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Personal Remittances Up by 5.2 Percent Reaching US$12.6 Billion for the First Five Months of 2017


Personal remittances from Overseas Filipinos (OFs) amounted to US$12.6 billion registering a 5.2 percent growth year-on-year for the first five months of 2017, BSP Governor Nestor A. Espenilla, Jr. announced today.1  Personal remittances from land-based workers with work contracts of one year or more grew by 5.9 percent to compensate for the 0.6 percent decline in remittances from sea-based and land-based workers with work contracts of less than one year on the same period a year ago.

Cash remittances from OFs coursed through banks reached US$2.3 billion in May 2017, a 5.5 percent increase from the level posted in the same period a year ago. This was boosted by the remittances from land-based (at US$1.8 billion) and sea-based (at US$0.5 billion) workers, representing 6.2 percent and 3.0 percent increase, respectively. By country source, the primary contributors to the growth in cash remittances for this month are the United Arab Emirates (U.A.E.) (with 1.5 percentage points contribution to growth), Canada and Saudi Arabia ( each contributing 1.1 percentage points), and United States ( 0.8 percentage points).

On a year-to-date basis, cash remittances gained 4.5 percent growth, reaching  US$11.3 billion. Cash remittances from land-based workers grew by 5.9 percent   to US$9.0 billion, while transfers from sea-based workers’ declined by 0.6 percent to US$2.3 billion.  Cash remittances coming from the United States (US), Saudi Arabia, United Arab Emirates (UAE), Singapore, Japan, United Kingdom, Qatar, Kuwait, Canada and Germany comprised about 80 percent of total cash remittances in the first five months of 2017.2


1 The BSP started to release data on personal remittances in June 2012.  As defined in the Balance of Payments Manual, 6th Edition (BPM6), personal remittances represent the sum of net compensation of employees (i.e., gross earnings of overseas Filipino (OF) workers with work contracts of less than one year, including all sea-based workers, less taxes, social contributions, and transportation and travel expenditures in their host countries), personal transfers (i.e., all current transfers in cash or in kind by OF workers with work contracts of one year or more as well as other household-to-household transfers between Filipinos who have migrated abroad and their families in the Philippines), and capital transfers between households (i.e., the provision of resources for capital purposes, such as for construction of residential houses, between resident and non-resident households without anything of economic value being supplied in return).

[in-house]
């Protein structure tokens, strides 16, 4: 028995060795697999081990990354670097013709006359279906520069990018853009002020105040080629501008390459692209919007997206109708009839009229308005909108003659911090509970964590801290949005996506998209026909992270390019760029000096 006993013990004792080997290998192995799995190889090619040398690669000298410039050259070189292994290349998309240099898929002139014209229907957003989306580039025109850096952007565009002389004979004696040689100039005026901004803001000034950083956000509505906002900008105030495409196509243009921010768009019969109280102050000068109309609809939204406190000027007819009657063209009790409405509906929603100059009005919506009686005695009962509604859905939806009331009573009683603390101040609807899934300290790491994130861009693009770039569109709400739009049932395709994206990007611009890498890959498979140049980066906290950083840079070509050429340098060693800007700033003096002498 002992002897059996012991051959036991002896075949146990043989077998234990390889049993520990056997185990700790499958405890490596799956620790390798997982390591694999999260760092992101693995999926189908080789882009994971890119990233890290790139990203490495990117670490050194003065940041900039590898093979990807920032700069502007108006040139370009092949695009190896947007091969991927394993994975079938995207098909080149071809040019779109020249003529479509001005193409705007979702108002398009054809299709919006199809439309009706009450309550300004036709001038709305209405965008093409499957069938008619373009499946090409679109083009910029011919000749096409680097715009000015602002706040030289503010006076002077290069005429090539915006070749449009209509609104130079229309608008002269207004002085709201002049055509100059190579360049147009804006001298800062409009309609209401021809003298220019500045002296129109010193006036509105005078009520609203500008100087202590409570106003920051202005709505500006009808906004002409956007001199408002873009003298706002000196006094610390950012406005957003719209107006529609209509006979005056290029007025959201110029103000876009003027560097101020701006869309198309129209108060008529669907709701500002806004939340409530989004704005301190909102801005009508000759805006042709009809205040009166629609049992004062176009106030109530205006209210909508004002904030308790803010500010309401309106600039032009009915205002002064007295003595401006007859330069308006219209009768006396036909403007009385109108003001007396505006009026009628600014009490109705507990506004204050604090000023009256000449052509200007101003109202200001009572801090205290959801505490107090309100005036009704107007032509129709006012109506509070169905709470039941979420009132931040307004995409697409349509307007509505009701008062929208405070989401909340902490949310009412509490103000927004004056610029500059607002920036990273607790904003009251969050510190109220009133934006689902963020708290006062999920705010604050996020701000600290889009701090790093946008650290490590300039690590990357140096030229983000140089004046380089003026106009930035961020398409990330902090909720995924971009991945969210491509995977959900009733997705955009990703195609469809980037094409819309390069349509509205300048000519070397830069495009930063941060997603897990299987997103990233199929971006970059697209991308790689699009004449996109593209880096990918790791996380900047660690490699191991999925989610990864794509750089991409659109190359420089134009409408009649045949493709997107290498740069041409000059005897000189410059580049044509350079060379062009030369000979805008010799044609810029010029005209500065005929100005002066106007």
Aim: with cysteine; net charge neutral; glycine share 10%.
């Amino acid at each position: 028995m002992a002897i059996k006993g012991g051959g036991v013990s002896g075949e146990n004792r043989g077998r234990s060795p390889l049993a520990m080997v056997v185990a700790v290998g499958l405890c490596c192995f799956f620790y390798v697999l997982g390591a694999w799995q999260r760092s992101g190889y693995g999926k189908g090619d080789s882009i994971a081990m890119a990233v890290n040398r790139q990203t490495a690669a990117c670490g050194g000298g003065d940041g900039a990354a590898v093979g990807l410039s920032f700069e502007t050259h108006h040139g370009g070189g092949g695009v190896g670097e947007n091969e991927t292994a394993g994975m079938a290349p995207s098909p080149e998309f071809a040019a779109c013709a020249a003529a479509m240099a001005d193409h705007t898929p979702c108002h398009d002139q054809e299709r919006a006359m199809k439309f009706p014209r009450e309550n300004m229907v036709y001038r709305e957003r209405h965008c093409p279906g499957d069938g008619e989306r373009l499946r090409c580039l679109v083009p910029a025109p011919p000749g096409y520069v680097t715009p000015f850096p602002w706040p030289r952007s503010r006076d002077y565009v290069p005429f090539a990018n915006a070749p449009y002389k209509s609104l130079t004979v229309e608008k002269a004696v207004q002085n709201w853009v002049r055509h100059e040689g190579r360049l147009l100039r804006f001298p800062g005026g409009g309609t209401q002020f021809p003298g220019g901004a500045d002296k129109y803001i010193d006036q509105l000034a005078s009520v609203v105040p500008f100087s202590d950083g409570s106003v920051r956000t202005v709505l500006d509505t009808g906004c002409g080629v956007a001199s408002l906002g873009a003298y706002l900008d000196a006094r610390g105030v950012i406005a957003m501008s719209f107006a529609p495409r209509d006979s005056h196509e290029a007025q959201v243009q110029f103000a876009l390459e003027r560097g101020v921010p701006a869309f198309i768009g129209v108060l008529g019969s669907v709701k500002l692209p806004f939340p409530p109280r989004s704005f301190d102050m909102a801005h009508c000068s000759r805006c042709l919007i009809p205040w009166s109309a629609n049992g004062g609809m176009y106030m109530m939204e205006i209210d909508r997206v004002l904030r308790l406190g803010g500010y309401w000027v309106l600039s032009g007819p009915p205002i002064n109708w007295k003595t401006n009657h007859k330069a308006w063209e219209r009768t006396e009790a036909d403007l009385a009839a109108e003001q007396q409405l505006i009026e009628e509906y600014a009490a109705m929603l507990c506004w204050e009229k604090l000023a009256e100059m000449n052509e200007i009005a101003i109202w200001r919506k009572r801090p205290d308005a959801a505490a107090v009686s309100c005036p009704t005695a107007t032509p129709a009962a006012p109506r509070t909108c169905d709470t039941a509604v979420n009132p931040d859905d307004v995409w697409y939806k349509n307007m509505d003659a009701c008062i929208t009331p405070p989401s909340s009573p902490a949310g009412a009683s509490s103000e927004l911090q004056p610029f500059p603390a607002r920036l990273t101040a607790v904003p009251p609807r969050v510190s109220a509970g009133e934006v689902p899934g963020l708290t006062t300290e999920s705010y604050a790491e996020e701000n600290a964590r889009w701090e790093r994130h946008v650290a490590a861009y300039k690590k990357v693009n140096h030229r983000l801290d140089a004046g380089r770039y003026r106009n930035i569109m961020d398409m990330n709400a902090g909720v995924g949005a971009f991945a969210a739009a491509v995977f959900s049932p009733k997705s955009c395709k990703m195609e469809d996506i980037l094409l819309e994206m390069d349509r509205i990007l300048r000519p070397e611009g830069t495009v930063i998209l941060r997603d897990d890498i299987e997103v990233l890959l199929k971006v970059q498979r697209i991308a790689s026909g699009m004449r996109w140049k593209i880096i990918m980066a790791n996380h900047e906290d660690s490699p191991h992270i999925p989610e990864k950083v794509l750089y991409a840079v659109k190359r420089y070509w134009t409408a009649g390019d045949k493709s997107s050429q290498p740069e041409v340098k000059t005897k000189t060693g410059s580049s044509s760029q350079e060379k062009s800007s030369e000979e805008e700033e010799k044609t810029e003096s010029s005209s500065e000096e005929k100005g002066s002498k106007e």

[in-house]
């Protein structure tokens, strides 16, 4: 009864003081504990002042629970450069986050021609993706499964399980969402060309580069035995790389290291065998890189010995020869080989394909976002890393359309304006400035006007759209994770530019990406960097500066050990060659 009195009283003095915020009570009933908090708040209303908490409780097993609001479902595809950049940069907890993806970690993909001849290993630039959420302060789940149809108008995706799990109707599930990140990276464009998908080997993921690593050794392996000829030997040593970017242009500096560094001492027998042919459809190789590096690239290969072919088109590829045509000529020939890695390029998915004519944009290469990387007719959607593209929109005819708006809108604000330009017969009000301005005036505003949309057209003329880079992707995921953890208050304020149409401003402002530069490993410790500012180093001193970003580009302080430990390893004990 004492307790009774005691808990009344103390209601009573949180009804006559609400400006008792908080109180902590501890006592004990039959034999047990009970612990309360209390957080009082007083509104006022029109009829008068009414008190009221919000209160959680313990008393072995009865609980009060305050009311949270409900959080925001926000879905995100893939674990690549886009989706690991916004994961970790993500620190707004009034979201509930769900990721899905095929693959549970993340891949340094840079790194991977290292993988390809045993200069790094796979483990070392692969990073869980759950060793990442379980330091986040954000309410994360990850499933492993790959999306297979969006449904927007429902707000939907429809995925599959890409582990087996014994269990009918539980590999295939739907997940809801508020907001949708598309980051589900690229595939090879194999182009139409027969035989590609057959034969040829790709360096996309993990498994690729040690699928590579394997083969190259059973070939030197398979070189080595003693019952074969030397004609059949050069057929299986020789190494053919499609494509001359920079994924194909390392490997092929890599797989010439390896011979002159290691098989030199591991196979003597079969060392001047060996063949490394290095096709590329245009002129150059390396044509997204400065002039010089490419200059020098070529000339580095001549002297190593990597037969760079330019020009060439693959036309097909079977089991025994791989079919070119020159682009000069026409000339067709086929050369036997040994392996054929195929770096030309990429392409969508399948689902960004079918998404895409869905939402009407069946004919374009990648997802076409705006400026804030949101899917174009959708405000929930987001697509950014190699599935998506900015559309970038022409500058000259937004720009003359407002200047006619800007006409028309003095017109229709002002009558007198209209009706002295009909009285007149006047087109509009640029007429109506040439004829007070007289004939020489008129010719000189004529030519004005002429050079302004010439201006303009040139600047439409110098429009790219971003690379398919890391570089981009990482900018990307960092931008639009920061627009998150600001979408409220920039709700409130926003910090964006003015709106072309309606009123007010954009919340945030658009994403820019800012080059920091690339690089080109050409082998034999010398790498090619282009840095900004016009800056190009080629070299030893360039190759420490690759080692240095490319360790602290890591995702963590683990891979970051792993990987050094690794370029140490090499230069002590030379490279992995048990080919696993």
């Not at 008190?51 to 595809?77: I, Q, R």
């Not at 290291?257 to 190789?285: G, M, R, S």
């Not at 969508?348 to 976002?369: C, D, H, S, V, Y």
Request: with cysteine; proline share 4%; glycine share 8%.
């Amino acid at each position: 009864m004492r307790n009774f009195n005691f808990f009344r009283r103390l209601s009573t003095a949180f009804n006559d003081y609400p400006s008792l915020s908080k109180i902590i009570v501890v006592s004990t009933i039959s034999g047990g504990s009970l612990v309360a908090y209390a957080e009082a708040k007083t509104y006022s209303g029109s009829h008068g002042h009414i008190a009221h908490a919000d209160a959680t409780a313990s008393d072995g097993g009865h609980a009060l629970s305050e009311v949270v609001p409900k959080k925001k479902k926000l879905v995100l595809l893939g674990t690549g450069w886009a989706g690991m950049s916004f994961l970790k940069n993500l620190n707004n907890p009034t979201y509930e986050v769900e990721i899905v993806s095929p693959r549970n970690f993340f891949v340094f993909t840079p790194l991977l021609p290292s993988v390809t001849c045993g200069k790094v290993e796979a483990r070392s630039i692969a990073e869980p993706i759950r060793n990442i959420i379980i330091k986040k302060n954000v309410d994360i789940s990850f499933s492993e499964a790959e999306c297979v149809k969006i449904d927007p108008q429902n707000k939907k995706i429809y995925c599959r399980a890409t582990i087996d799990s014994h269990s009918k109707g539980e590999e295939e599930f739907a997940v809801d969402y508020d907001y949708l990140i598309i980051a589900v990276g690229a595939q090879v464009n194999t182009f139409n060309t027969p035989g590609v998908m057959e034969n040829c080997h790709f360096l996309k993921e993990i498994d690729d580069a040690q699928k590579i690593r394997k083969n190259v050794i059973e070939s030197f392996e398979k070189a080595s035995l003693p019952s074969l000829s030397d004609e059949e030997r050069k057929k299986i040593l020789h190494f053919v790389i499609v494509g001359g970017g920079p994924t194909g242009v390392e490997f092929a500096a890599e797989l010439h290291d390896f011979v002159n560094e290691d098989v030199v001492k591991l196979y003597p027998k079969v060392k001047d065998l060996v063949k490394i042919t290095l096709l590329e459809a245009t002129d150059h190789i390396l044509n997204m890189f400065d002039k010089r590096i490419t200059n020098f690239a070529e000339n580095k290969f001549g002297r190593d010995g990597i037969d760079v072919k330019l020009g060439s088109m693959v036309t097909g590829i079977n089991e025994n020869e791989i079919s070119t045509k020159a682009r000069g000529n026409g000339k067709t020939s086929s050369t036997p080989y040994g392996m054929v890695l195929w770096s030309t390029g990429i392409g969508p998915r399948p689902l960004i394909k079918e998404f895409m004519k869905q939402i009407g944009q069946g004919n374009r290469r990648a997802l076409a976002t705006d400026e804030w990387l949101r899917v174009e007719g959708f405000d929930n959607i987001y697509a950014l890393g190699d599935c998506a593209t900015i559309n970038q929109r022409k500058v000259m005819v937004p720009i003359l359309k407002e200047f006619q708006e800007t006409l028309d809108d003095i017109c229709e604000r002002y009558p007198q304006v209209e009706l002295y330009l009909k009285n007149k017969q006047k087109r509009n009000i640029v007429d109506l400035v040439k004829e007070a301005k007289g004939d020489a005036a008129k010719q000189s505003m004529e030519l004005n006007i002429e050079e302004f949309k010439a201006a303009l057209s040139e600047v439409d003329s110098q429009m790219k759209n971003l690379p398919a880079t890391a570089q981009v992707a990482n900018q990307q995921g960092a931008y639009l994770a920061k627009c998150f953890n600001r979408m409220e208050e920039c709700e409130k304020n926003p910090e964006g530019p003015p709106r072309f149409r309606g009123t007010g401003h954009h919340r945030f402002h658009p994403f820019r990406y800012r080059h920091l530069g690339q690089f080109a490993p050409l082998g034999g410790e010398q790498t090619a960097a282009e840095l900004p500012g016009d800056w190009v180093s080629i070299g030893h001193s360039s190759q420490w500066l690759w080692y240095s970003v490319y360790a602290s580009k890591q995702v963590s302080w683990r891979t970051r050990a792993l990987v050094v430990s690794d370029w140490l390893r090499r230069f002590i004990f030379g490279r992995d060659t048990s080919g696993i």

2 There are some limitations on the remittance data by source. A common practice of remittance centers in various cities abroad is to course remittances through correspondent banks, most of which are located in the U.S. Also remittances coursed through money couriers cannot be disaggregated by actual country source and are lodged under the country where the main offices are located, which, in many cases, is in the U.S. Therefore, the U.S. would show up to be the main sources of OF remittances because banks attribute the origin of funds to the most immediate source.  

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